Internet filtering, censorship of Web content, and online surveillance are increasing in scale, scope, and sophistication around the world, in democratic countries as well as in authoritarian states. The first generation of Internet controls consisted largely of building firewalls at key Internet gateways; China's famous "Great Firewall of China" is one of the first national Internet filtering systems. Today the new tools for Internet controls that are emerging go beyond mere denial of information. These new techniques, which aim to normalize (or even legalize) Internet control, include targeted viruses and the strategically timed deployment of distributed denial-of-service (DDoS) attacks, surveillance at key points of the Internet's infrastructure, take-down notices, stringent terms of usage policies, and national information shaping strategies. Access Controlled reports on this new normative terrain. The book, a project from the OpenNet Initiative (ONI), a collaboration of the Citizen Lab at the University of Toronto's Munk Centre for International Studies, Harvard's Berkman Center for Internet and Society, and the SecDev Group, offers six substantial chapters that analyze Internet control in both Western and Eastern Europe and a section of shorter regional reports and country profiles drawn from material gathered by the ONI around the world through a combination of technical interrogation and field research methods.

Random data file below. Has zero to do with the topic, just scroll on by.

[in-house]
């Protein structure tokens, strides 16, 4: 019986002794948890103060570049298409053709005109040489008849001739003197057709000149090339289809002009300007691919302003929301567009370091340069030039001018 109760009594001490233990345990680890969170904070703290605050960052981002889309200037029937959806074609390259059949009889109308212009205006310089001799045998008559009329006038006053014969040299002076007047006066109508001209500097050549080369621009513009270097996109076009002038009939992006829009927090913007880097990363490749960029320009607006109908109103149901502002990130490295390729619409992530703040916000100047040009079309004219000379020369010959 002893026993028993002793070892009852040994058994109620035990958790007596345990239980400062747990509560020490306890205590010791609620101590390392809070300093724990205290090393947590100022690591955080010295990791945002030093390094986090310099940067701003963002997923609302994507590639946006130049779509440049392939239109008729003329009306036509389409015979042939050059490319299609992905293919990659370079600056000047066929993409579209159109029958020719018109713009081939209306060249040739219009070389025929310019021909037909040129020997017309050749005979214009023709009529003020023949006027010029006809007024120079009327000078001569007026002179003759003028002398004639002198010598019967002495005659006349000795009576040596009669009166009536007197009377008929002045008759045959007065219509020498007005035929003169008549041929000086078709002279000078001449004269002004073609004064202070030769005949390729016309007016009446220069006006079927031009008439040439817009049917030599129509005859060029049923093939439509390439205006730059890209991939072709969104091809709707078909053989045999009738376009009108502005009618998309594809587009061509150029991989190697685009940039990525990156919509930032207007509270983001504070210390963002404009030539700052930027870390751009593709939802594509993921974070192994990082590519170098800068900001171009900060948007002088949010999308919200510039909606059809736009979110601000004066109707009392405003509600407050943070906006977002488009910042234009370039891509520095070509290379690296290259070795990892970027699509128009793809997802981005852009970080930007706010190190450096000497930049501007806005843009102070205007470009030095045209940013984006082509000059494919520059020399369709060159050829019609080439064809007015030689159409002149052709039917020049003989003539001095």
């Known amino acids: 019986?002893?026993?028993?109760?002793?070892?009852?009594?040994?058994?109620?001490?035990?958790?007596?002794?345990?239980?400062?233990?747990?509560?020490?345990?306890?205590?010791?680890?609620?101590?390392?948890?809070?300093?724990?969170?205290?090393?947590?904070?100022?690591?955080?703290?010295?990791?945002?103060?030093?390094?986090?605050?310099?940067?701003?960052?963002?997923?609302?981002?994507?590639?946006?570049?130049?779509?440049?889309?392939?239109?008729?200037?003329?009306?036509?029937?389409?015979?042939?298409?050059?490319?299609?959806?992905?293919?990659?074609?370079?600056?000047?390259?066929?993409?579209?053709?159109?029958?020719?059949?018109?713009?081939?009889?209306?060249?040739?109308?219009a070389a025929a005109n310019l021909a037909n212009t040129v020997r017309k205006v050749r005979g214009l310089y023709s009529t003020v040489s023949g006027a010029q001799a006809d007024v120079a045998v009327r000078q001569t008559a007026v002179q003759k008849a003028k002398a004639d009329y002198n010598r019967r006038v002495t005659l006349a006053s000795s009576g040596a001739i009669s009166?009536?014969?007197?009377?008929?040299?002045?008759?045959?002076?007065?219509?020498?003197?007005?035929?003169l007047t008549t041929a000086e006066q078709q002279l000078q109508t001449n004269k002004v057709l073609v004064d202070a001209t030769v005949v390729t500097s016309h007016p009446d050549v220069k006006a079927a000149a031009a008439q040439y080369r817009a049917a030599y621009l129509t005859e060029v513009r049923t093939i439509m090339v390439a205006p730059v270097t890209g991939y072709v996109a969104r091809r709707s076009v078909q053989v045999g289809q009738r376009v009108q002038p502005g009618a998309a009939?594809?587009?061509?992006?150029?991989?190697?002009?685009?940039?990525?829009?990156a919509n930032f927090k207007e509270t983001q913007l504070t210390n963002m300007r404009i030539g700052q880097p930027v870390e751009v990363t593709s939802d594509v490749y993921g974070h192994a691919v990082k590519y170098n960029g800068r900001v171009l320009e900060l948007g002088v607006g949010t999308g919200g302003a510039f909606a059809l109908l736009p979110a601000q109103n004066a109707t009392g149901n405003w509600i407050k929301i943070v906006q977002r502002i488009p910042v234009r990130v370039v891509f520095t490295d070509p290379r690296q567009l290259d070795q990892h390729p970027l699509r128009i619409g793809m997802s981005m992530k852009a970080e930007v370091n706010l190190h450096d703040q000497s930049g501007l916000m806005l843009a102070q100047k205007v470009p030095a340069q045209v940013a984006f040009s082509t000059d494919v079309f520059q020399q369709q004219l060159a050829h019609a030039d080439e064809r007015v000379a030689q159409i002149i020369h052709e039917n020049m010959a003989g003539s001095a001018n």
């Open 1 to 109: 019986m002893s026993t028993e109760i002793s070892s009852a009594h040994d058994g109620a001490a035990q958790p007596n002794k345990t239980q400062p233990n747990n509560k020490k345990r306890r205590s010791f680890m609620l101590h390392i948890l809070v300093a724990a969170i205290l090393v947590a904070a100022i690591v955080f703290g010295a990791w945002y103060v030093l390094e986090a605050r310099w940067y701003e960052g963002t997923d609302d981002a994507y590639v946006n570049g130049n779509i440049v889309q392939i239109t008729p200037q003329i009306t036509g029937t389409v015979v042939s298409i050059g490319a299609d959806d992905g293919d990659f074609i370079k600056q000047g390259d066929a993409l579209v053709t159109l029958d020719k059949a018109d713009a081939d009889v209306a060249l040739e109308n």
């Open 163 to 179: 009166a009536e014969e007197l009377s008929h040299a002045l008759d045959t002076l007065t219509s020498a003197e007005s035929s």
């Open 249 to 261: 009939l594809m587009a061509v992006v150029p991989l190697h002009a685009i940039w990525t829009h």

This open book is licensed under a Open Publication License (OPL). You can download Access Controlled ebook for free in PDF format (3.5 MB).
Table of Contents
Access Controlled: Theory and Analysis
Control and Subversion in Russian Cyberspace
The EU Data Retention Directive in an Era of Internet Surveillance
Barriers to Cooperation
Protecting Privacy and Expression Online
Country Profiles and Regional Overviews
Chapter Introduction to the Country Profiles
Commonwealth of Independent States
Australia and New Zealand
Middle East and North Africa